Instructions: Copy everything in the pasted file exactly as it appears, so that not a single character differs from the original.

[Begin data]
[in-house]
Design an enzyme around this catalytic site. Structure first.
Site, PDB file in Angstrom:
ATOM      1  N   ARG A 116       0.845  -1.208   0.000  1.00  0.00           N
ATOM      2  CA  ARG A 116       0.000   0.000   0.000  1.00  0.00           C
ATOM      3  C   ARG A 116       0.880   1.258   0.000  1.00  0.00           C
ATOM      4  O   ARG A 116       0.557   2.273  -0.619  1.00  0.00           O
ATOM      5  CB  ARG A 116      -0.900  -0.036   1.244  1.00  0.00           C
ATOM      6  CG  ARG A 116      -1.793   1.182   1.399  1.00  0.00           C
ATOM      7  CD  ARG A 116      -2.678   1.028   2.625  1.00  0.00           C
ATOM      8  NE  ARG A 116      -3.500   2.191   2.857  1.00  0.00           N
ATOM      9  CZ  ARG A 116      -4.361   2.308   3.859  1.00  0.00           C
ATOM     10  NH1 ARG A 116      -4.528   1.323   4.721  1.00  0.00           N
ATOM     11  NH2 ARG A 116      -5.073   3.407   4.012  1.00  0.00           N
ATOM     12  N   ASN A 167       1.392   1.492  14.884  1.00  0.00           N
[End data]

[in-house]
Design an enzyme around this catalytic site. Structure first.
Site, PDB file in Angstrom:
ATOM      1  N   ARG A 116       0.845  -1.208   0.000  1.00  0.00           N
ATOM      2  CA  ARG A 116       0.000   0.000   0.000  1.00  0.00           C
ATOM      3  C   ARG A 116       0.880   1.258   0.000  1.00  0.00           C
ATOM      4  O   ARG A 116       0.557   2.273  -0.619  1.00  0.00           O
ATOM      5  CB  ARG A 116      -0.900  -0.036   1.244  1.00  0.00           C
ATOM      6  CG  ARG A 116      -1.793   1.182   1.399  1.00  0.00           C
ATOM      7  CD  ARG A 116      -2.678   1.028   2.625  1.00  0.00           C
ATOM      8  NE  ARG A 116      -3.500   2.191   2.857  1.00  0.00           N
ATOM      9  CZ  ARG A 116      -4.361   2.308   3.859  1.00  0.00           C
ATOM     10  NH1 ARG A 116      -4.528   1.323   4.721  1.00  0.00           N
ATOM     11  NH2 ARG A 116      -5.073   3.407   4.012  1.00  0.00           N
ATOM     12  N   ASN A 167       1.392   1.492  14.884  1.00  0.00           N